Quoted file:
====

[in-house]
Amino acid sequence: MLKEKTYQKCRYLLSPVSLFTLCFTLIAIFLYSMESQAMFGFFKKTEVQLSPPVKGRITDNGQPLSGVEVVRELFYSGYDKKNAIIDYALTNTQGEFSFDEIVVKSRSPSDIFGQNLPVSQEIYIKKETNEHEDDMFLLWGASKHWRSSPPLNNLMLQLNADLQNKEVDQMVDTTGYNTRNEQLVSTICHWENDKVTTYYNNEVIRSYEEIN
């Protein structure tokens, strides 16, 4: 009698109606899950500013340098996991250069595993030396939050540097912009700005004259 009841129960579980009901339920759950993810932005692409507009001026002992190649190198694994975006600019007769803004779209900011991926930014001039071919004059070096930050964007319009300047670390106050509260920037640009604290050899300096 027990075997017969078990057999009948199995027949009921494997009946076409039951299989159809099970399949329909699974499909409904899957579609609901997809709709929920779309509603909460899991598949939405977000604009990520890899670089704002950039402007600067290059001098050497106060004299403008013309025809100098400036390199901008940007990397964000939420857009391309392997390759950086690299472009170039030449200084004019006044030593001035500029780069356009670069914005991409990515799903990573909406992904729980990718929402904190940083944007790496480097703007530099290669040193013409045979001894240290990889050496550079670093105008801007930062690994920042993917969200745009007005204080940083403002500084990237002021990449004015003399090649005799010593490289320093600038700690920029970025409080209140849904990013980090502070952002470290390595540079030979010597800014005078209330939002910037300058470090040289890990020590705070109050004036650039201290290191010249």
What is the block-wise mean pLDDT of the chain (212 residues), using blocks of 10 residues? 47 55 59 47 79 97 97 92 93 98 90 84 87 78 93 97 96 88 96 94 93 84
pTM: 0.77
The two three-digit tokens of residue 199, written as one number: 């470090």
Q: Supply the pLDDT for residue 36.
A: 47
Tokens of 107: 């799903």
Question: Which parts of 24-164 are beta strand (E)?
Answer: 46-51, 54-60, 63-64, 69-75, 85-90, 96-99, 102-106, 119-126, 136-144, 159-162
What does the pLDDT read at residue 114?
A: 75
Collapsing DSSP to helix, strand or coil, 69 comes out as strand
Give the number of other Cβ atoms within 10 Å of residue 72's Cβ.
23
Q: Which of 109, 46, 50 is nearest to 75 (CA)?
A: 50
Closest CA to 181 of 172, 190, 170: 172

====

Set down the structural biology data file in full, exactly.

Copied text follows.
[in-house]
Amino acid sequence: MLKEKTYQKCRYLLSPVSLFTLCFTLIAIFLYSMESQAMFGFFKKTEVQLSPPVKGRITDNGQPLSGVEVVRELFYSGYDKKNAIIDYALTNTQGEFSFDEIVVKSRSPSDIFGQNLPVSQEIYIKKETNEHEDDMFLLWGASKHWRSSPPLNNLMLQLNADLQNKEVDQMVDTTGYNTRNEQLVSTICHWENDKVTTYYNNEVIRSYEEIN
């Protein structure tokens, strides 16, 4: 009698109606899950500013340098996991250069595993030396939050540097912009700005004259 009841129960579980009901339920759950993810932005692409507009001026002992190649190198694994975006600019007769803004779209900011991926930014001039071919004059070096930050964007319009300047670390106050509260920037640009604290050899300096 027990075997017969078990057999009948199995027949009921494997009946076409039951299989159809099970399949329909699974499909409904899957579609609901997809709709929920779309509603909460899991598949939405977000604009990520890899670089704002950039402007600067290059001098050497106060004299403008013309025809100098400036390199901008940007990397964000939420857009391309392997390759950086690299472009170039030449200084004019006044030593001035500029780069356009670069914005991409990515799903990573909406992904729980990718929402904190940083944007790496480097703007530099290669040193013409045979001894240290990889050496550079670093105008801007930062690994920042993917969200745009007005204080940083403002500084990237002021990449004015003399090649005799010593490289320093600038700690920029970025409080209140849904990013980090502070952002470290390595540079030979010597800014005078209330939002910037300058470090040289890990020590705070109050004036650039201290290191010249």
What is the block-wise mean pLDDT of the chain (212 residues), using blocks of 10 residues? 47 55 59 47 79 97 97 92 93 98 90 84 87 78 93 97 96 88 96 94 93 84
pTM: 0.77
The two three-digit tokens of residue 199, written as one number: 């470090």
Q: Supply the pLDDT for residue 36.
A: 47
Tokens of 107: 């799903």
Question: Which parts of 24-164 are beta strand (E)?
Answer: 46-51, 54-60, 63-64, 69-75, 85-90, 96-99, 102-106, 119-126, 136-144, 159-162
What does the pLDDT read at residue 114?
A: 75
Collapsing DSSP to helix, strand or coil, 69 comes out as strand
Give the number of other Cβ atoms within 10 Å of residue 72's Cβ.
23
Q: Which of 109, 46, 50 is nearest to 75 (CA)?
A: 50
Closest CA to 181 of 172, 190, 170: 172